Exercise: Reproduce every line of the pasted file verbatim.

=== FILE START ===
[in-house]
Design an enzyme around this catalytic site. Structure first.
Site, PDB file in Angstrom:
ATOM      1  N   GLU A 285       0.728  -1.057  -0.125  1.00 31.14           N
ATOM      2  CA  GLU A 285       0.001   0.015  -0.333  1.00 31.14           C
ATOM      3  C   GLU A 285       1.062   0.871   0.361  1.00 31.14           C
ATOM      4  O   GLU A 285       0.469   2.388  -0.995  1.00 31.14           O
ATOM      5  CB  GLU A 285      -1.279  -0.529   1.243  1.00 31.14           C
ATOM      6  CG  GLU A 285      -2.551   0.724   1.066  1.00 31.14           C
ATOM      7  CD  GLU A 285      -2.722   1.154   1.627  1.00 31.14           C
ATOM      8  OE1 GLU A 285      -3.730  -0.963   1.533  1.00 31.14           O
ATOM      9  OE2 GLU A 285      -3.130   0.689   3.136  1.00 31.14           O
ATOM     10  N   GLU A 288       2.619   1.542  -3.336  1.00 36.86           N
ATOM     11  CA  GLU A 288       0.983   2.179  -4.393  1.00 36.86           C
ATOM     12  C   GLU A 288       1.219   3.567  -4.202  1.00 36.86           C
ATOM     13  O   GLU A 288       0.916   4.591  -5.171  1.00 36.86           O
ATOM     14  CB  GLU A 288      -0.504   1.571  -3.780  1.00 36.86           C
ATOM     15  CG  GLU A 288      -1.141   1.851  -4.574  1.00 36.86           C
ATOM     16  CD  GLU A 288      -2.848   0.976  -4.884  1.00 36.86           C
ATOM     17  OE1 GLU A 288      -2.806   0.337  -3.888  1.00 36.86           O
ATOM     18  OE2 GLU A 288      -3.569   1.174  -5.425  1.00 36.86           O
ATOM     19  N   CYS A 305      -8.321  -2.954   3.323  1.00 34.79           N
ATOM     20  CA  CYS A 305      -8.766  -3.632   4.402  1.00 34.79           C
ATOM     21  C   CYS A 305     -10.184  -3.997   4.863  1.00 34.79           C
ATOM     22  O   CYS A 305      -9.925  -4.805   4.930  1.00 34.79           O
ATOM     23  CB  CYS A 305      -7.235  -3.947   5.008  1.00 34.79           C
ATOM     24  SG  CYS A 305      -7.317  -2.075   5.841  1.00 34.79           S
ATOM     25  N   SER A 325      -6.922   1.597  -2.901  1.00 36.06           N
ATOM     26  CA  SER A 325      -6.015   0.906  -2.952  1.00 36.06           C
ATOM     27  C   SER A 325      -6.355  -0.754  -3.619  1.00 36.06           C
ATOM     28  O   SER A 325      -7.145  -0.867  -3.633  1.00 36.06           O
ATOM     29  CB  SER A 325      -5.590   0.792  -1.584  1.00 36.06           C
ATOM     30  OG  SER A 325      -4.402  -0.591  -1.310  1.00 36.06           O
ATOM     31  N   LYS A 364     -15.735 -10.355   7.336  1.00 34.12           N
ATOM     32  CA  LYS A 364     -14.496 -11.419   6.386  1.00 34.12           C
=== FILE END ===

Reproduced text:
[in-house]
Design an enzyme around this catalytic site. Structure first.
Site, PDB file in Angstrom:
ATOM      1  N   GLU A 285       0.728  -1.057  -0.125  1.00 31.14           N
ATOM      2  CA  GLU A 285       0.001   0.015  -0.333  1.00 31.14           C
ATOM      3  C   GLU A 285       1.062   0.871   0.361  1.00 31.14           C
ATOM      4  O   GLU A 285       0.469   2.388  -0.995  1.00 31.14           O
ATOM      5  CB  GLU A 285      -1.279  -0.529   1.243  1.00 31.14           C
ATOM      6  CG  GLU A 285      -2.551   0.724   1.066  1.00 31.14           C
ATOM      7  CD  GLU A 285      -2.722   1.154   1.627  1.00 31.14           C
ATOM      8  OE1 GLU A 285      -3.730  -0.963   1.533  1.00 31.14           O
ATOM      9  OE2 GLU A 285      -3.130   0.689   3.136  1.00 31.14           O
ATOM     10  N   GLU A 288       2.619   1.542  -3.336  1.00 36.86           N
ATOM     11  CA  GLU A 288       0.983   2.179  -4.393  1.00 36.86           C
ATOM     12  C   GLU A 288       1.219   3.567  -4.202  1.00 36.86           C
ATOM     13  O   GLU A 288       0.916   4.591  -5.171  1.00 36.86           O
ATOM     14  CB  GLU A 288      -0.504   1.571  -3.780  1.00 36.86           C
ATOM     15  CG  GLU A 288      -1.141   1.851  -4.574  1.00 36.86           C
ATOM     16  CD  GLU A 288      -2.848   0.976  -4.884  1.00 36.86           C
ATOM     17  OE1 GLU A 288      -2.806   0.337  -3.888  1.00 36.86           O
ATOM     18  OE2 GLU A 288      -3.569   1.174  -5.425  1.00 36.86           O
ATOM     19  N   CYS A 305      -8.321  -2.954   3.323  1.00 34.79           N
ATOM     20  CA  CYS A 305      -8.766  -3.632   4.402  1.00 34.79           C
ATOM     21  C   CYS A 305     -10.184  -3.997   4.863  1.00 34.79           C
ATOM     22  O   CYS A 305      -9.925  -4.805   4.930  1.00 34.79           O
ATOM     23  CB  CYS A 305      -7.235  -3.947   5.008  1.00 34.79           C
ATOM     24  SG  CYS A 305      -7.317  -2.075   5.841  1.00 34.79           S
ATOM     25  N   SER A 325      -6.922   1.597  -2.901  1.00 36.06           N
ATOM     26  CA  SER A 325      -6.015   0.906  -2.952  1.00 36.06           C
ATOM     27  C   SER A 325      -6.355  -0.754  -3.619  1.00 36.06           C
ATOM     28  O   SER A 325      -7.145  -0.867  -3.633  1.00 36.06           O
ATOM     29  CB  SER A 325      -5.590   0.792  -1.584  1.00 36.06           C
ATOM     30  OG  SER A 325      -4.402  -0.591  -1.310  1.00 36.06           O
ATOM     31  N   LYS A 364     -15.735 -10.355   7.336  1.00 34.12           N
ATOM     32  CA  LYS A 364     -14.496 -11.419   6.386  1.00 34.12           C